APMT reaffirms confidence in Costa Rica

APMT reaffirms confidence in Costa Rica

In the statement issued exclusively to CM last week, Captain Paul Gallie, APMT’s Moin managing director, said, “We expect to receive the Contraloria General’s (CGR) endorsement of the concession agreement before the end of the year”.

The company has since made it clear that TCM is moving forward to serve growing international trade flows, including increasingly containerised reefer cargoes. Environmental sustainability will be a key factor of design and operations, prompting Gallie to describe the project as an example of essential Latin American port planning and development.

The existing container facilities of Puerto Limón and Moin handled a combined total of only 858,161teu last year and can only accommodate smaller vessels. “The key factor is that there are no alternative or cheaper solutions to the existing problems in Limón/Moin”, he said.

In its first year full of operations in 2016, the US$992m modern, deep-water TCM facility is expected to handle one million teu, servicing the larger vessels now entering the Latin American trade lanes. On completion of the first phase of development that year, TCM will provide a throughput capacity of 1.3m teu annually along the six berth 600 metre quay, which will feature 2,800 reefer points.

Once fully operational during its 33-year concession, TCM will have an annual capacity of 2.7m teu with 1,500 metres of quay, nine berths and 6,500 reefer points.

Last year, agricultural products accounted for 35.9% of Costa Rica’s US$9.4bn worth of exports, according to World Trade Organisation (WTO) data, with merchandise imports of US$13.6bn, primarily of manufactured goods.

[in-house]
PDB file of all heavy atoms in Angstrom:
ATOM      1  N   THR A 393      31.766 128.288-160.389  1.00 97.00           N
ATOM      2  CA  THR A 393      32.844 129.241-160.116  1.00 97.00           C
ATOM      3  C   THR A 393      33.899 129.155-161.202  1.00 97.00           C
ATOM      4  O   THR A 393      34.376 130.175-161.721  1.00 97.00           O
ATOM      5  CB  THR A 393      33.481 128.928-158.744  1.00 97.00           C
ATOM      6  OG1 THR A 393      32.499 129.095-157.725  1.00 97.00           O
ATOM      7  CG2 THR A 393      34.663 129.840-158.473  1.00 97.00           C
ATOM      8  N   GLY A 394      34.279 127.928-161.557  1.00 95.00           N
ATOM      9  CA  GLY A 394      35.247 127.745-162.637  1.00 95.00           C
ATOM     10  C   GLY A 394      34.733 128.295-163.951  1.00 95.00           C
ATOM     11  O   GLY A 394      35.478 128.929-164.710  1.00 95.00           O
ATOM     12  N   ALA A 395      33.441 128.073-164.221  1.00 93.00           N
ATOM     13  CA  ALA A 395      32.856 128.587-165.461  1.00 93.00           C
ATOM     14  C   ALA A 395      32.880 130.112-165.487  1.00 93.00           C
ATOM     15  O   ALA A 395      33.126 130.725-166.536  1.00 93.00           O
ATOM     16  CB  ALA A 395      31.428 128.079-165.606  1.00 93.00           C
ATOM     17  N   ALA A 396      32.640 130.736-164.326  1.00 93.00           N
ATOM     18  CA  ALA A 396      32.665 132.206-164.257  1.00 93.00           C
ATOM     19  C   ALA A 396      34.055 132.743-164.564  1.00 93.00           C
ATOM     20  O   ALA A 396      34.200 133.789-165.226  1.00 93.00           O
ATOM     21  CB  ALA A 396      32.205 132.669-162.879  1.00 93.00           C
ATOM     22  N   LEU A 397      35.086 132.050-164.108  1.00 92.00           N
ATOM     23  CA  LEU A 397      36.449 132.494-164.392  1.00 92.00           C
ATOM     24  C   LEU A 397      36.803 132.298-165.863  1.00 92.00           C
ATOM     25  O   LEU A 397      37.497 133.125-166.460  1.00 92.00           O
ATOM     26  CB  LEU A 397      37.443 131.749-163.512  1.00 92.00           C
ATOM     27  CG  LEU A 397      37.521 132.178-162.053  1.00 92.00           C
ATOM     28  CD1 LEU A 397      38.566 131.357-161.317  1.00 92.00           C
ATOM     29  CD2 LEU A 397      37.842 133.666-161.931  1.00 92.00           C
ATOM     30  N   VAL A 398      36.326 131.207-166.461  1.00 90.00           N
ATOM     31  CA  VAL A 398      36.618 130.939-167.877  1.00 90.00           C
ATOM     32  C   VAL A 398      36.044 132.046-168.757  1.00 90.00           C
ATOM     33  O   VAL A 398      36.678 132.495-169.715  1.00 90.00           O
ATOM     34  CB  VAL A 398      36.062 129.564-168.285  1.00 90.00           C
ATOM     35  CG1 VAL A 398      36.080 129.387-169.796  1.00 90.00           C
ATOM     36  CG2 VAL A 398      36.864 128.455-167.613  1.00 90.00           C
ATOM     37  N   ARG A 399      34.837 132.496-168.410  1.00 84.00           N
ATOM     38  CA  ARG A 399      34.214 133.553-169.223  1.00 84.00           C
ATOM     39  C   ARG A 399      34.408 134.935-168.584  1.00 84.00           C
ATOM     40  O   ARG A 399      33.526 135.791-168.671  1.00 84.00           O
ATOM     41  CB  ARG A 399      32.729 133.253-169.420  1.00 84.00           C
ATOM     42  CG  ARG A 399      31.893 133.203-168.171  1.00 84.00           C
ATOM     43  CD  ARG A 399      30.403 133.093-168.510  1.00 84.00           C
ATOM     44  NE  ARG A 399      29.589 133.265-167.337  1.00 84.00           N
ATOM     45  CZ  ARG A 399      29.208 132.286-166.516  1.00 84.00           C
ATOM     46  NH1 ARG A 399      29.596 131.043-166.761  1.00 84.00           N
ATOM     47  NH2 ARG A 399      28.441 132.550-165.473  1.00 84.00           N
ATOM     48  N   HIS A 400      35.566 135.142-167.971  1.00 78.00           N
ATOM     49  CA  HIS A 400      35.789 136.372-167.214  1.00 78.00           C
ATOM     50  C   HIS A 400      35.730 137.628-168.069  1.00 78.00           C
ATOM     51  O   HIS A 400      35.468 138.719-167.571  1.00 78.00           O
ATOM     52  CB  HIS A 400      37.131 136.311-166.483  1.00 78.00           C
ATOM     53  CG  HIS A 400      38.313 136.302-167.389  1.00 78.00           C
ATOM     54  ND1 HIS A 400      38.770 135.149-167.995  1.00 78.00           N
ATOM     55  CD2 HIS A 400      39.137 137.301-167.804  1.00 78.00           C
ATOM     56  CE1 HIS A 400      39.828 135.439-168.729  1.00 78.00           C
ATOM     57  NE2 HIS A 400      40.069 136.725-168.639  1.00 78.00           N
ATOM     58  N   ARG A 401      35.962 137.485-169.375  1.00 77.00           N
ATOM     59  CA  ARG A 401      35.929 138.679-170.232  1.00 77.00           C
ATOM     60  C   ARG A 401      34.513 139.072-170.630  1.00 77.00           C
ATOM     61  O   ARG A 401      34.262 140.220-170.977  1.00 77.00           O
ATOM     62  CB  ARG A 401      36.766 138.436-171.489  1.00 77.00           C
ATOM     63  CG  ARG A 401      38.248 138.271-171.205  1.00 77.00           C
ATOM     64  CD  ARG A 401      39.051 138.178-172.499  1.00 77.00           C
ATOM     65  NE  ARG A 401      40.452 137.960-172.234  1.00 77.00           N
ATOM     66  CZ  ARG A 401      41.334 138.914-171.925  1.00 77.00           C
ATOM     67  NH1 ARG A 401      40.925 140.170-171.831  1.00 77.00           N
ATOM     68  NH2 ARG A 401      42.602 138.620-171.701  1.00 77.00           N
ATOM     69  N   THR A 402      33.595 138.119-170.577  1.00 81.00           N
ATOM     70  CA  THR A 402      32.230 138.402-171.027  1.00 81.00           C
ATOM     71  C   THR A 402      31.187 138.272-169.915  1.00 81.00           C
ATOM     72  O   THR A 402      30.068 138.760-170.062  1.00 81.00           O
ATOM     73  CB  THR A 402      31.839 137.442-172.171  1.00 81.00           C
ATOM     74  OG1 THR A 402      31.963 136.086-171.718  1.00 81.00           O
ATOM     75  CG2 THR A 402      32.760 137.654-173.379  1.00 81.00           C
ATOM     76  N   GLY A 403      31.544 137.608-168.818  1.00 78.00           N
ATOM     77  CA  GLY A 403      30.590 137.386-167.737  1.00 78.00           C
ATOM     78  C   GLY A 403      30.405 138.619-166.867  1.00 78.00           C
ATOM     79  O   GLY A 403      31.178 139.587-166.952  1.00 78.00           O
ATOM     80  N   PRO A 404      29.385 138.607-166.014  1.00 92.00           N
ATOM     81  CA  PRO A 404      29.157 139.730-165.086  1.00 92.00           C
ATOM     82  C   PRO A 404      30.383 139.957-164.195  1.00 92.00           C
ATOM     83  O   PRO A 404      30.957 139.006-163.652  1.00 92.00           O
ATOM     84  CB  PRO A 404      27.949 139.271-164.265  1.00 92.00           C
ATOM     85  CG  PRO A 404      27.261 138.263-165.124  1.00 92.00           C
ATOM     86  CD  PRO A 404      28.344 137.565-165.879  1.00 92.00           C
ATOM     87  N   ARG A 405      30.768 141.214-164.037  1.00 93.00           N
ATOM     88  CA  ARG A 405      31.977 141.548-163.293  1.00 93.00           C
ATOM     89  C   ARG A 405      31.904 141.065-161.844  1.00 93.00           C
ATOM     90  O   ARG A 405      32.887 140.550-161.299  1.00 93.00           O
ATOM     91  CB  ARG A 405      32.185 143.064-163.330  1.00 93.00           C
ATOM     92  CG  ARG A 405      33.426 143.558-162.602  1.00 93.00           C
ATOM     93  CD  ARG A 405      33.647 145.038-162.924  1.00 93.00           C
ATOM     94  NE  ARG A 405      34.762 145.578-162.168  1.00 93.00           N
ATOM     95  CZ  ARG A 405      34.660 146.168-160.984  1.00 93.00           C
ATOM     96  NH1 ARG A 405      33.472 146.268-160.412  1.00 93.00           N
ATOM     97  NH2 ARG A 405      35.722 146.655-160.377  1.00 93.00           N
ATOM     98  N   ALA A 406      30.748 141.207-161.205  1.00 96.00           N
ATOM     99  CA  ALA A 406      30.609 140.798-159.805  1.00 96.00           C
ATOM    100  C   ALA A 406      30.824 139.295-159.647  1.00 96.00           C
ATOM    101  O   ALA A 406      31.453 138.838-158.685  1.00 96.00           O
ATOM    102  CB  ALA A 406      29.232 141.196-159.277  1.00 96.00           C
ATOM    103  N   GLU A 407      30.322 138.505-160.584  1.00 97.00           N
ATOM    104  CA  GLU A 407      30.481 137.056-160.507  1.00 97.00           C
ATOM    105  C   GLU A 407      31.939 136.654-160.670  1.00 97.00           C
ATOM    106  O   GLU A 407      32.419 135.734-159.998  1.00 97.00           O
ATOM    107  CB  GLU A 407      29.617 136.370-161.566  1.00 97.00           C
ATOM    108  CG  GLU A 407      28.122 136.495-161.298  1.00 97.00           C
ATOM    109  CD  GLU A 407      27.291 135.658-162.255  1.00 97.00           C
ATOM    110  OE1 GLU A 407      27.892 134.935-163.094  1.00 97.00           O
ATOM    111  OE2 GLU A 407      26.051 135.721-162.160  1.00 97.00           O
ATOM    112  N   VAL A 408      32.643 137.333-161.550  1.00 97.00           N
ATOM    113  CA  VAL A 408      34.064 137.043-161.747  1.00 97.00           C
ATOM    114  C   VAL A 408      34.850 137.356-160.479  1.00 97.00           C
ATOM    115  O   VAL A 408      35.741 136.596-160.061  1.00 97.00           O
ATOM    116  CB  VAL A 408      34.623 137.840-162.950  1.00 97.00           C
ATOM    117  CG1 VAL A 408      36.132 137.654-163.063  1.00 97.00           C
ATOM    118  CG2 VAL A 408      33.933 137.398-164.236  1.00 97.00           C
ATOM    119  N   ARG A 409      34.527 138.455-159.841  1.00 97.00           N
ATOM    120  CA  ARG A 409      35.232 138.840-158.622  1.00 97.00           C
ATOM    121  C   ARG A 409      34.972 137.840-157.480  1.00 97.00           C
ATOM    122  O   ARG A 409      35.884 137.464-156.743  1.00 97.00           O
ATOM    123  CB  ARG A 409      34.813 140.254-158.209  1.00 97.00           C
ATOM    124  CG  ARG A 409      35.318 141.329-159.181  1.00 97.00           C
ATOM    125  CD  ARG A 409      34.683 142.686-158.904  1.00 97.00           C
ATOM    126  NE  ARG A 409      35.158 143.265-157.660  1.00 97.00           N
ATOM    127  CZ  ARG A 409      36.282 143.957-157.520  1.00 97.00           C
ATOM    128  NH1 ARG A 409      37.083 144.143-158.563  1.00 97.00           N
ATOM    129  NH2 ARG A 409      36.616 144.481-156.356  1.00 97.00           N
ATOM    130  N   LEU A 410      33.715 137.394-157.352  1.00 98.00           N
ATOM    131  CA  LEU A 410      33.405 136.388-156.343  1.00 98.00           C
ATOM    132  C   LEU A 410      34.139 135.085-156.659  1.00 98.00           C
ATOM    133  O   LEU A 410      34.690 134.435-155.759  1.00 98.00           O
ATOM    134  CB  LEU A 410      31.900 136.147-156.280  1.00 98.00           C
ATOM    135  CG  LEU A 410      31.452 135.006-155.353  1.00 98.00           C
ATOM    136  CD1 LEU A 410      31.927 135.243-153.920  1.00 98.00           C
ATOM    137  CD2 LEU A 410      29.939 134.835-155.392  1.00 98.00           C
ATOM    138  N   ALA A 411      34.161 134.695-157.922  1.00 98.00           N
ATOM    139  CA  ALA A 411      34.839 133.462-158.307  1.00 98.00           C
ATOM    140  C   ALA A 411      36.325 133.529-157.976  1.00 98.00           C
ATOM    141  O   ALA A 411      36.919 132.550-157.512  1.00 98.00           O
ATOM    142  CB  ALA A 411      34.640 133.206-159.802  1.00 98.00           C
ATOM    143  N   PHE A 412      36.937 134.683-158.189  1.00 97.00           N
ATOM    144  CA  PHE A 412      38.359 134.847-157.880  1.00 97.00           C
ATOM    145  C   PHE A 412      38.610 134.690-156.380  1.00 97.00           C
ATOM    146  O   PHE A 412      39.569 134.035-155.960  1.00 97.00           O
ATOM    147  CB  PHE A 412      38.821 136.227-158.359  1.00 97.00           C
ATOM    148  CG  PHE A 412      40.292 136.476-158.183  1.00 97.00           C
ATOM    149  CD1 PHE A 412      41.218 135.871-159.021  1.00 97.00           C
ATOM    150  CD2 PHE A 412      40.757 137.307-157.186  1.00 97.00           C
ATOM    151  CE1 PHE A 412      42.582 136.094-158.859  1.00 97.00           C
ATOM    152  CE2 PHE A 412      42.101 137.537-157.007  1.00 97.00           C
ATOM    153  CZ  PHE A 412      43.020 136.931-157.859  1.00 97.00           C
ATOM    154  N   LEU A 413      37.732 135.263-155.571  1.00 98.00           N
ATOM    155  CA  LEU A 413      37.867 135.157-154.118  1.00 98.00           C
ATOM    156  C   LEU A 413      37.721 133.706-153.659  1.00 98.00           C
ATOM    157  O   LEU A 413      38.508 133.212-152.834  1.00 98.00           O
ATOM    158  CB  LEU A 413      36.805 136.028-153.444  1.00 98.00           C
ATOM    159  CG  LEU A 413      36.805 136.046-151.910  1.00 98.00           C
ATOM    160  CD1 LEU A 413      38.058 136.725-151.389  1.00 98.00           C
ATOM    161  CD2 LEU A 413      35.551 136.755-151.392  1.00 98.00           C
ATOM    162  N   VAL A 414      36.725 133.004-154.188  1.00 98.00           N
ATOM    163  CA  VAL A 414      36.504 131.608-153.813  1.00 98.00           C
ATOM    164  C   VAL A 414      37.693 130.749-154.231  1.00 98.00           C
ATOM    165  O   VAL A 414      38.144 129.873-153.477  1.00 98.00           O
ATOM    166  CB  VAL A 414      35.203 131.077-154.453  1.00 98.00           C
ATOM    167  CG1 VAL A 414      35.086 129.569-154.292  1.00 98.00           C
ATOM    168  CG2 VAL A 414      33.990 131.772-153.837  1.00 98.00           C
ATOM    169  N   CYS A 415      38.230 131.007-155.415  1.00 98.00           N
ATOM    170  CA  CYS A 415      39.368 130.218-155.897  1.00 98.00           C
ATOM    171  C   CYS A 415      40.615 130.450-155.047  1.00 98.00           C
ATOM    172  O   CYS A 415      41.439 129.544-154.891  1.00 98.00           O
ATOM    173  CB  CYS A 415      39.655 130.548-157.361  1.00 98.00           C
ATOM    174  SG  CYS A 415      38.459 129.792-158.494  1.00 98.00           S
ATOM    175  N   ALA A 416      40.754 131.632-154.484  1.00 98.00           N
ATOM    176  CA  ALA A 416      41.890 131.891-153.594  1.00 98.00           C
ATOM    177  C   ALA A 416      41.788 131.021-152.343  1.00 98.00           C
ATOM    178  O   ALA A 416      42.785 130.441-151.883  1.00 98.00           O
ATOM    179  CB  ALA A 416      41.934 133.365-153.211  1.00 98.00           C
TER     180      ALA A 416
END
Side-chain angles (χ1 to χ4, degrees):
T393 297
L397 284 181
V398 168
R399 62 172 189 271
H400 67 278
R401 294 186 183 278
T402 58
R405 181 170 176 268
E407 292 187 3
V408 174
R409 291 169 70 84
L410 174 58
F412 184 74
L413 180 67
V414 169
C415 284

Costa Rican exports have been projected by IHS Global Insight to increase in value by 75% to US$16.7bn over the next five years; the country is currently the world’s largest exporter of pineapples and the fourth largest exporter of bananas.

As reefer cargoes become increasingly containerised, the need for container terminal access will become an even greater factor in Costa Rican global trade. At present, banana exports account for 34% of Costa Rica’s containerised exports, while pineapple represents 27%. Approximately half of all reefer cargoes move by container currently, with 85-90% containerisation forecast by 2035.

Captain Gallie emphasised that APM Terminals will initiate an aggressive Corporate Social Responsibility strategy in Costa Rica based upon its global experience in sustainable development.

“Our focus as a company will not only be on environmental protection measures, but just as importantly, the introduction of clean energy sources for reducing CO2 emissions at the facility, with extensive recycling processes at all levels within the operation as well as in the community at large” he emphasised.

Environmental sensitivity has been at the forefront of Costa Rican concerns; over the past 25 years the Central American nation bordering both the Atlantic and Pacific coasts has developed a multi-billion dollar national eco-tourism industry.

Slightly smaller than the US State of West Virginia in area, Costa Rica hosts 22 national parks, 12 biological reverses, 112 volcanic sites, and over 5% of the earth’s biodiversity, more than found in either Europe or North America.

“APM Terminals has a tremendous social responsibility as a company in Costa Rica and every country and community in which we do business,” said Gallie.

He added, “Through job creation, health and safety initiatives, business practices, pro-active environmental policies and our role in the global logistic chain and economic development, we possess great potential to create a positive change in local communities, a responsibility which is taken very seriously. We are very excited about Costa Rica’s future growth in global trade and leadership in environmental sensitivity and we are proud to be able to be a part of that process”.